For Natural Habitats, sustainable and organic farming practices are a core driver for responsible production to achieve the goals for 2050!

In Ecuador there are numerous Natural Habitats’ programs that focus on balancing the triple bottom line. This means, that all the programs are designed to contribute and improve the livelihood of the local community, by being economically viable, socially responsible and environmentally sound. Learn about our sustainability programs here .

Overall, Natural Habitats continuously demonstrates its commitment to the development of a sustainable world not only globally but locally as well!


Blog & News

Palm Oil Is Everywhere

Palm oil (Elaeis guineensis) originates from West Africa. Once planted, after 3-4 years’ palm oil trees start to producing its first fruits and will continue all year-round for up to 30 years. Oil Palm is high yielding; it produces more oil per hectare than any other major oil seed crop.

Did you know that half of your items in your house contain palm oil?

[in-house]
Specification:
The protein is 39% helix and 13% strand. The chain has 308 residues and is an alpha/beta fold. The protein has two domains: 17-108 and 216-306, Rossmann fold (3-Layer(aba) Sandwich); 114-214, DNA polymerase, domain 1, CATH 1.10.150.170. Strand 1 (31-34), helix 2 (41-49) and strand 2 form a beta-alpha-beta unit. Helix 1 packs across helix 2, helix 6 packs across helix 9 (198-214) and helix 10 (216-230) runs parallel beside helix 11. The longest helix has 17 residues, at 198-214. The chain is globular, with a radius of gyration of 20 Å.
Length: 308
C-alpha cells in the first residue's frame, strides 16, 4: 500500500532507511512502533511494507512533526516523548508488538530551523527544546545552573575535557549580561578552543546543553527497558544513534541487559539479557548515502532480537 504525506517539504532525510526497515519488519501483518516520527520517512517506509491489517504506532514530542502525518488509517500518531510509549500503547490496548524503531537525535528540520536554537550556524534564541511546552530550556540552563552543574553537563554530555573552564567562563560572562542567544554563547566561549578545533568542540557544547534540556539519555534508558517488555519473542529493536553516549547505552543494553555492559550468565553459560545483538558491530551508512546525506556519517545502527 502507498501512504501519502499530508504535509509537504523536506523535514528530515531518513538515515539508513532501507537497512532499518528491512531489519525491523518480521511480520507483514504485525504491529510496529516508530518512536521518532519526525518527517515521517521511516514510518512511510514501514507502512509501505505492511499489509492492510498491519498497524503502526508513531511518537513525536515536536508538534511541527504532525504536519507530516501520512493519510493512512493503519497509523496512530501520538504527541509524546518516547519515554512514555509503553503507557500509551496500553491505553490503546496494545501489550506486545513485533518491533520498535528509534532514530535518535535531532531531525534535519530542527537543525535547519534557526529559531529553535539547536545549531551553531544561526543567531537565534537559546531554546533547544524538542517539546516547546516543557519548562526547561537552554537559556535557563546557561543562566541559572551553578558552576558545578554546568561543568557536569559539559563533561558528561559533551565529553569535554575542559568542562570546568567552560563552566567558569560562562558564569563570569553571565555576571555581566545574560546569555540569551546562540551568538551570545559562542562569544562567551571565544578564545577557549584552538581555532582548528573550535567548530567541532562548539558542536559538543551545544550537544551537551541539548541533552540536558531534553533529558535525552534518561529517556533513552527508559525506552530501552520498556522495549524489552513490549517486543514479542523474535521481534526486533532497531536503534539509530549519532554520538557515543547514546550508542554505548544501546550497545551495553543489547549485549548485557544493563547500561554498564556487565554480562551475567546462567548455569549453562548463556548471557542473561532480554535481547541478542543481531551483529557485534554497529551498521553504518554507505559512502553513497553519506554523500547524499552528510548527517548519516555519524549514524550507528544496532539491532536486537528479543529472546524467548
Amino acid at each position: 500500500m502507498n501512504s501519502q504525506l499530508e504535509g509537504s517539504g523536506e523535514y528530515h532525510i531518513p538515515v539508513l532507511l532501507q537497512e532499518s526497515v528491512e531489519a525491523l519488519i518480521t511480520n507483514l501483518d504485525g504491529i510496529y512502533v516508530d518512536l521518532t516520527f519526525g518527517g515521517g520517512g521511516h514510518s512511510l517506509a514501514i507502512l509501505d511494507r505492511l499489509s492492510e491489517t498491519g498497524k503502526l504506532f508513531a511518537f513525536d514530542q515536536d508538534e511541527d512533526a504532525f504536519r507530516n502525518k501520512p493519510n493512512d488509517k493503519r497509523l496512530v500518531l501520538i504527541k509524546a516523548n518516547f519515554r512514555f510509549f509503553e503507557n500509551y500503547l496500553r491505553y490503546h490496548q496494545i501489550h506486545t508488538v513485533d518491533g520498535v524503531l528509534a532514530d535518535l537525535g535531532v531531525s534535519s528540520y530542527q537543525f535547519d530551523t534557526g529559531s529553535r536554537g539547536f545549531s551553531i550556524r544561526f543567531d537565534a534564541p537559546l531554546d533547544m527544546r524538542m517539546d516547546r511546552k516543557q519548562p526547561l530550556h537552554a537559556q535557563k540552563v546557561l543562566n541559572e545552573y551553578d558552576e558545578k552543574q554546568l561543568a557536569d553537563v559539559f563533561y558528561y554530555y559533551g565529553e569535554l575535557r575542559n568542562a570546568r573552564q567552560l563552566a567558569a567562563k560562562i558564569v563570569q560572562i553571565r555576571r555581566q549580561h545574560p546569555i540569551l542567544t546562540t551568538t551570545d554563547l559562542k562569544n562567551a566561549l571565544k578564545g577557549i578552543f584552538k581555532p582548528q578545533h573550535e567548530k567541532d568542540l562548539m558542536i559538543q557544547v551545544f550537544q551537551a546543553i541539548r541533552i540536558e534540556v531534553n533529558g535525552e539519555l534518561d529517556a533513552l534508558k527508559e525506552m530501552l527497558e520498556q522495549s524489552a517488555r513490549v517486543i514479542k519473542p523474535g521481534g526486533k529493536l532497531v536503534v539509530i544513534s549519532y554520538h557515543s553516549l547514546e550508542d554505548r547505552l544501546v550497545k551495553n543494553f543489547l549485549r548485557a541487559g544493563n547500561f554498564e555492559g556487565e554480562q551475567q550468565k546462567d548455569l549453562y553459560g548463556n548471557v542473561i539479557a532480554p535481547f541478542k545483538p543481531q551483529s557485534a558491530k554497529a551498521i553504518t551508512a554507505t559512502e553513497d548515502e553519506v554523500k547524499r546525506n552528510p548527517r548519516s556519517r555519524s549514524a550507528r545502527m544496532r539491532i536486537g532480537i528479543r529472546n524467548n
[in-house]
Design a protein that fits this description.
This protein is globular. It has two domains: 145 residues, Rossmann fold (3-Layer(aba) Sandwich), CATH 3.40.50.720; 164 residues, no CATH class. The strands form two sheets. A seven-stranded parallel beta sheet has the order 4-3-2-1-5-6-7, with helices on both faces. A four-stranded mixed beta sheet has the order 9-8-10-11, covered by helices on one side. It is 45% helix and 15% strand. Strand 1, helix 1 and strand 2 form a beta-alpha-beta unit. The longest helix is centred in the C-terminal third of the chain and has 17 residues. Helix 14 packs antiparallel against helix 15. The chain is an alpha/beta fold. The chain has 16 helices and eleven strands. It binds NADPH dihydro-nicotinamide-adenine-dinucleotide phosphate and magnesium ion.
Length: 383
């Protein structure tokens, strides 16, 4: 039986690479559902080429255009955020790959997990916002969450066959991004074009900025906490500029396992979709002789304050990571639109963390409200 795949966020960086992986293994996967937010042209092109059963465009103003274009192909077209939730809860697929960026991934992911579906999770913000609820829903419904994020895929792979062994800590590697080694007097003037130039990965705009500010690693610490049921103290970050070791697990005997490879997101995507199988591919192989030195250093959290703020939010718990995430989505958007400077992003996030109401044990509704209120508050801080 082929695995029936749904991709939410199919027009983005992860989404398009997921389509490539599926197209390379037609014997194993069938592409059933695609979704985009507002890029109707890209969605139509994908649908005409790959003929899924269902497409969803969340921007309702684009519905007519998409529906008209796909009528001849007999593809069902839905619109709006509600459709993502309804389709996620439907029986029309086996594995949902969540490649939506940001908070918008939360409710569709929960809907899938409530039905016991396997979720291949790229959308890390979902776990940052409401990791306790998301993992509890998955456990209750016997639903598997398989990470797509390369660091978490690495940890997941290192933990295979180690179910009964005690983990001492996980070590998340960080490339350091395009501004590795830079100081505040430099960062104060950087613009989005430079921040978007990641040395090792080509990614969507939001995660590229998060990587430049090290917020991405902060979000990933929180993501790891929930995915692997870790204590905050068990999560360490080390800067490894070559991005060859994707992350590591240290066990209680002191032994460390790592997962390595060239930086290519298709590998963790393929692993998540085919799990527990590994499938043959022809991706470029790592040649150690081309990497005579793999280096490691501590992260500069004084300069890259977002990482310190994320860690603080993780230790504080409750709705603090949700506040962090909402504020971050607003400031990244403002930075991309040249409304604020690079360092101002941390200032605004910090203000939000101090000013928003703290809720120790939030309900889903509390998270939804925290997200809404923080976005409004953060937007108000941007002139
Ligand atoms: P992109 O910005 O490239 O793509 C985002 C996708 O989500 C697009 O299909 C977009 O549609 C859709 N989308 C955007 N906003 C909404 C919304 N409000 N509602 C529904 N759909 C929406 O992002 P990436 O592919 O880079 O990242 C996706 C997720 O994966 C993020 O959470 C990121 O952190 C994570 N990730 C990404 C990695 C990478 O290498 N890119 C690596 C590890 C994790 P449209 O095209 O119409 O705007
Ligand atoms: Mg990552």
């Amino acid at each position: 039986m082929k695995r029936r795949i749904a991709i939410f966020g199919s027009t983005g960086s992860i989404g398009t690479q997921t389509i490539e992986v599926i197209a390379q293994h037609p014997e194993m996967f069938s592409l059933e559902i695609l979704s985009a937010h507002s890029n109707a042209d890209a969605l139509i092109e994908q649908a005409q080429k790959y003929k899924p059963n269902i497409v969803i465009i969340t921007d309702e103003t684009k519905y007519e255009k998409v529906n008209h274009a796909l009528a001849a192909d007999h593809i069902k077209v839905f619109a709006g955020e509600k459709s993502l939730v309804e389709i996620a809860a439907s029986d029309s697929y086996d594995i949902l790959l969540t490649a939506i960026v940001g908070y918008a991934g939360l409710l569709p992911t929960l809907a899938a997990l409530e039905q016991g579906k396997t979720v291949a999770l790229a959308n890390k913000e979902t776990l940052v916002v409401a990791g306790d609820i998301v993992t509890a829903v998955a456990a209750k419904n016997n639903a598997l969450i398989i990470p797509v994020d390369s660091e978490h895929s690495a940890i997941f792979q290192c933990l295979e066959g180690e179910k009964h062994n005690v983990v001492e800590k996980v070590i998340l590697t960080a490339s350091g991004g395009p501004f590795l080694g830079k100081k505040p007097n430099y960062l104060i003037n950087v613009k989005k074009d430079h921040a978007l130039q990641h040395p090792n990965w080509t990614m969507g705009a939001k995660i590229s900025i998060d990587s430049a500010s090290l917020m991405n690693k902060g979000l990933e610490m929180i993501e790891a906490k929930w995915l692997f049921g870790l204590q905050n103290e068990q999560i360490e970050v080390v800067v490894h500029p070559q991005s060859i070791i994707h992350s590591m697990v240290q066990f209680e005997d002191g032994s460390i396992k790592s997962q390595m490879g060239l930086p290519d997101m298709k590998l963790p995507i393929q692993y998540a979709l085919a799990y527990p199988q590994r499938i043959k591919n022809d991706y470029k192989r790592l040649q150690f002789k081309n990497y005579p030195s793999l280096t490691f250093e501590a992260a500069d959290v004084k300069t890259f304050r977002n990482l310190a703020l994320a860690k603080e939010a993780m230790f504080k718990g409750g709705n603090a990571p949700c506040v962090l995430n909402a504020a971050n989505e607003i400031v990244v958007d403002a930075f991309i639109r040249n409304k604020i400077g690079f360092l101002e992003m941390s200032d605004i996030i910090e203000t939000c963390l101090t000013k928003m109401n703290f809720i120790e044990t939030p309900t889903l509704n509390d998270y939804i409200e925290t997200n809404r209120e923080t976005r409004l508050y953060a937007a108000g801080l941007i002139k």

Palm oil is also the most widely consumed vegetable oil on the planet

farmers, social reponsibility, environment, organic

Why Farm Organically?

With a growing population, nearly 10 billion people by 2050, and an increasing demand for food, agriculture is placed under extreme pressure. We heavily rely on services that the industry provides to us, such as food, clothes, wood, and many others. Unfortunately, with biodiversity losses and deforestation practices that accompany modern agriculture, these services are currently at risk. Therefore, we must take actions to sustain biodiversity, soils and forests for the generations to come

social reponsibility, environment, farmers, organic

An Important Role of Intercropping in Modern Agriculture